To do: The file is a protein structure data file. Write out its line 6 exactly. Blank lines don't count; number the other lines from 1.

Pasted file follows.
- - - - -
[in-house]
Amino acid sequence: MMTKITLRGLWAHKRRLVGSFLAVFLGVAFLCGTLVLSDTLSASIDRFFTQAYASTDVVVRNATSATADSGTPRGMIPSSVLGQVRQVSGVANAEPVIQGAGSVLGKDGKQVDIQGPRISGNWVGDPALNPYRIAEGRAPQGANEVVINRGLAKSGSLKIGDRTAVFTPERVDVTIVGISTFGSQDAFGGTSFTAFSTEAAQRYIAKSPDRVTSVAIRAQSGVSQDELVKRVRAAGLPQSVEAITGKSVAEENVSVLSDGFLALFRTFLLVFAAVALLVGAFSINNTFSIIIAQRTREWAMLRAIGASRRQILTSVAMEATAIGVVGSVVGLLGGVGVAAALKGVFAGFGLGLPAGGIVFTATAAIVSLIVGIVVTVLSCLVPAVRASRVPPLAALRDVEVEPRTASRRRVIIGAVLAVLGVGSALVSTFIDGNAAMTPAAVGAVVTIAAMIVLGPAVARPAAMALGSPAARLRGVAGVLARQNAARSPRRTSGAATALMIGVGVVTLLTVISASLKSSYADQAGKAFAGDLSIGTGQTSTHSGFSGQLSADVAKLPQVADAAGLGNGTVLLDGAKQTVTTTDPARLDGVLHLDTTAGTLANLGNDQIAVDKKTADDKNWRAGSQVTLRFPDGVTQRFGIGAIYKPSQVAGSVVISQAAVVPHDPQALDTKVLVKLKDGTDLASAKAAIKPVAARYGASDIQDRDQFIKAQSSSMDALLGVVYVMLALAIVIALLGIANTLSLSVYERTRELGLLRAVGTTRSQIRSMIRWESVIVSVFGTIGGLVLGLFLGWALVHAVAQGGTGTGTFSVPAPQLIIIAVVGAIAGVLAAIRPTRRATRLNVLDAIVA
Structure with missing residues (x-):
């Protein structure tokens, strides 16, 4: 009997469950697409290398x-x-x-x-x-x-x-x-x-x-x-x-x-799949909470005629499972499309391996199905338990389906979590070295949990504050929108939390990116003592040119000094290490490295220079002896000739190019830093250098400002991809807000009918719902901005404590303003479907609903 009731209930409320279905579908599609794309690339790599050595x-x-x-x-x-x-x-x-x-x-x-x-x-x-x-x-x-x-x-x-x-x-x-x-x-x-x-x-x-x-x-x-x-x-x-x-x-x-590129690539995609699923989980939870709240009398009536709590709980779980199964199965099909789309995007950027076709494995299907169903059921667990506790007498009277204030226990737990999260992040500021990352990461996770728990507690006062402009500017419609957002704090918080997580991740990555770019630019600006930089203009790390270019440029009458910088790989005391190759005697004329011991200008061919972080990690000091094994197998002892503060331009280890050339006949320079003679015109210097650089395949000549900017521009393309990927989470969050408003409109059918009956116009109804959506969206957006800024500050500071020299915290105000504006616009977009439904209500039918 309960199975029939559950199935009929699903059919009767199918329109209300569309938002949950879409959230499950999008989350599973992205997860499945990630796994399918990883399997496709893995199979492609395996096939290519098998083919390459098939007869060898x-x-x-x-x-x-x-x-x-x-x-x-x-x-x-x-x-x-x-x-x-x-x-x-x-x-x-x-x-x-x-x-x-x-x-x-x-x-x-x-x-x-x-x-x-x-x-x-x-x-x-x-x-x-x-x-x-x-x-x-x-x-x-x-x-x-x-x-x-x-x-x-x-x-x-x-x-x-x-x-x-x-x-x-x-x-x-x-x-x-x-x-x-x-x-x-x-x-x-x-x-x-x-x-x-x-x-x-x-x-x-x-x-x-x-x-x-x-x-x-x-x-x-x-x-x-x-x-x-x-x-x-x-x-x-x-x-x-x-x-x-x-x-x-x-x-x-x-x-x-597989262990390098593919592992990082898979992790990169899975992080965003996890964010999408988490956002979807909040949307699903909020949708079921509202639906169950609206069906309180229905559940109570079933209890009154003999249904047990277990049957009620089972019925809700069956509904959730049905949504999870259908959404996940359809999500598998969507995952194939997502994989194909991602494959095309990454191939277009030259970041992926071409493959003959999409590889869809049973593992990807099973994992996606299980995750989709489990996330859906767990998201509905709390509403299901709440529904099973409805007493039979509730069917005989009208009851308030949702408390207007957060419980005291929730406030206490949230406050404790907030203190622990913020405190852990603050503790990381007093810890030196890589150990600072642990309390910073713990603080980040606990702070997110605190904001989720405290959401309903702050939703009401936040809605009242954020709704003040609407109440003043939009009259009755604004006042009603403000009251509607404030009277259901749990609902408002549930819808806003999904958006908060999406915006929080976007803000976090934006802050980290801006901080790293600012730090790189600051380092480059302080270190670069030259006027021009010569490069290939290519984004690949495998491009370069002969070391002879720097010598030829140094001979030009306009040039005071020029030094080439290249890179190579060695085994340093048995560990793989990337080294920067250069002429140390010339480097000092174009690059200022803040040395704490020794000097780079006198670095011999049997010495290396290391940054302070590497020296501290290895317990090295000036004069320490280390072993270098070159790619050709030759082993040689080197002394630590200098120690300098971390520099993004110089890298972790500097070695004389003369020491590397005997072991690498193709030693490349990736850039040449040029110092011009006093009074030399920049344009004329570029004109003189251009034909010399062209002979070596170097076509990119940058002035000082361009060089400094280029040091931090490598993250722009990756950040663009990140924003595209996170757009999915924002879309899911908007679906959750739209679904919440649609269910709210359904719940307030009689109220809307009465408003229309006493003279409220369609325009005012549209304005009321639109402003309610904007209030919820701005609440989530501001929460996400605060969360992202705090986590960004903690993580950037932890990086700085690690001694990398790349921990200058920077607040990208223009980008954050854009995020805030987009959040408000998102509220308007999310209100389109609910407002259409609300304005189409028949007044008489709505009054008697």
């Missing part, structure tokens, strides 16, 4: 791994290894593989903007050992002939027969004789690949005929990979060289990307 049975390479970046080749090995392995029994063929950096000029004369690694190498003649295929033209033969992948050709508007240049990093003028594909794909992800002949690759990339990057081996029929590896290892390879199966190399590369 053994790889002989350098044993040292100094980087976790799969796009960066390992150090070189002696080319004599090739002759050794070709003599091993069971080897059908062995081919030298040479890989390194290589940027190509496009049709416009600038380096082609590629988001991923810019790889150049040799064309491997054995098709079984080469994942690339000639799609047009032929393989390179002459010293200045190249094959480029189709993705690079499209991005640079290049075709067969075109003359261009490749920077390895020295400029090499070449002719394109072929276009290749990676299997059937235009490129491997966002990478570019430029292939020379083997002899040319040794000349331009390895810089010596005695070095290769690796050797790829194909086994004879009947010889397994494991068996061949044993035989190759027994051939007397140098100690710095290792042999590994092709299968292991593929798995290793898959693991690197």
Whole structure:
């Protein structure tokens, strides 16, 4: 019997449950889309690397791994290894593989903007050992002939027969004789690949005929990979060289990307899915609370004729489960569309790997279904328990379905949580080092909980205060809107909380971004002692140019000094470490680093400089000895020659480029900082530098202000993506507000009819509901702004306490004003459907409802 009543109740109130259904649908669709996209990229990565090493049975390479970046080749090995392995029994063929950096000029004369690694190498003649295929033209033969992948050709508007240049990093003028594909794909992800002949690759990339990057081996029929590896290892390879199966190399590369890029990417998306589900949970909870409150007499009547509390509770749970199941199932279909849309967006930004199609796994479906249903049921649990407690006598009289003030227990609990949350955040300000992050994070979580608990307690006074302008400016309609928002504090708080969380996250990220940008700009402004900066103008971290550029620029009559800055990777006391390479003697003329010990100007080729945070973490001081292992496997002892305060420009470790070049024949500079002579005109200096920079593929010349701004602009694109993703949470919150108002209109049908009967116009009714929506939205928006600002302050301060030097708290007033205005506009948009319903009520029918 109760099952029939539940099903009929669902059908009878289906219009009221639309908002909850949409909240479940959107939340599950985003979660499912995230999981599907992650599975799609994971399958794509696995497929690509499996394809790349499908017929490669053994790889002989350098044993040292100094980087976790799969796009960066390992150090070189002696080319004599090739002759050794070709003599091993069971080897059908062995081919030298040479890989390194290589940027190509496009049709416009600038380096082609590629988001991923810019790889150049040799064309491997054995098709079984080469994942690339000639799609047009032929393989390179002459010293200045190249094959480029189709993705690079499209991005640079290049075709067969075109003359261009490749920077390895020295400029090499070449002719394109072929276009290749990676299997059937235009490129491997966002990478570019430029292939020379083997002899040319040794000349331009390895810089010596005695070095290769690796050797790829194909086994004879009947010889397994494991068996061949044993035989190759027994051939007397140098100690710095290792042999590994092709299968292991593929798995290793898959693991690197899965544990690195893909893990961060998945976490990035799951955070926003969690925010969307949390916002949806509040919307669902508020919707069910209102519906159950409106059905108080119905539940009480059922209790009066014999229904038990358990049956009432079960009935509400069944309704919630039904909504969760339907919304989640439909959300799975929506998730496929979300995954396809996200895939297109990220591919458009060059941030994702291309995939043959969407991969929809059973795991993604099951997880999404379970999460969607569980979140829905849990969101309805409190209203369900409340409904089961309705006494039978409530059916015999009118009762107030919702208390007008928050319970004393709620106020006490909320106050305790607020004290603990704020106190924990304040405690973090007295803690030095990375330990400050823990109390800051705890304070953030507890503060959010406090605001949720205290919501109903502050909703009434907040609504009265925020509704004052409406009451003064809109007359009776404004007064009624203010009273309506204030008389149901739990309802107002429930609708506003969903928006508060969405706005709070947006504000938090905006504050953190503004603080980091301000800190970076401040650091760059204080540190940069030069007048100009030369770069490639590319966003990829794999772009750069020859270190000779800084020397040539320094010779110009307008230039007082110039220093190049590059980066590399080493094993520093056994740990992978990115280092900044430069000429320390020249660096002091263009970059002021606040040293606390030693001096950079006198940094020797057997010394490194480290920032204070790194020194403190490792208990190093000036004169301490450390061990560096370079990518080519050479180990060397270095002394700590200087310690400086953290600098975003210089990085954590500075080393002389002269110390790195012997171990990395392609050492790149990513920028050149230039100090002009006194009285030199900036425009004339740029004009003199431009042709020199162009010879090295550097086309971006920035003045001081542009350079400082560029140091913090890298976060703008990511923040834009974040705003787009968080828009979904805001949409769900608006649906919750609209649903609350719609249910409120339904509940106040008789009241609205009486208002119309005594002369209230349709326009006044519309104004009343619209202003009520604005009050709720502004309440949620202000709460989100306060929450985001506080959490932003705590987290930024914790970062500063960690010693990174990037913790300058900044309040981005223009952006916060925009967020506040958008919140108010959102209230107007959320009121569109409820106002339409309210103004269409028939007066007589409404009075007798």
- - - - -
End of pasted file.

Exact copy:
Whole structure: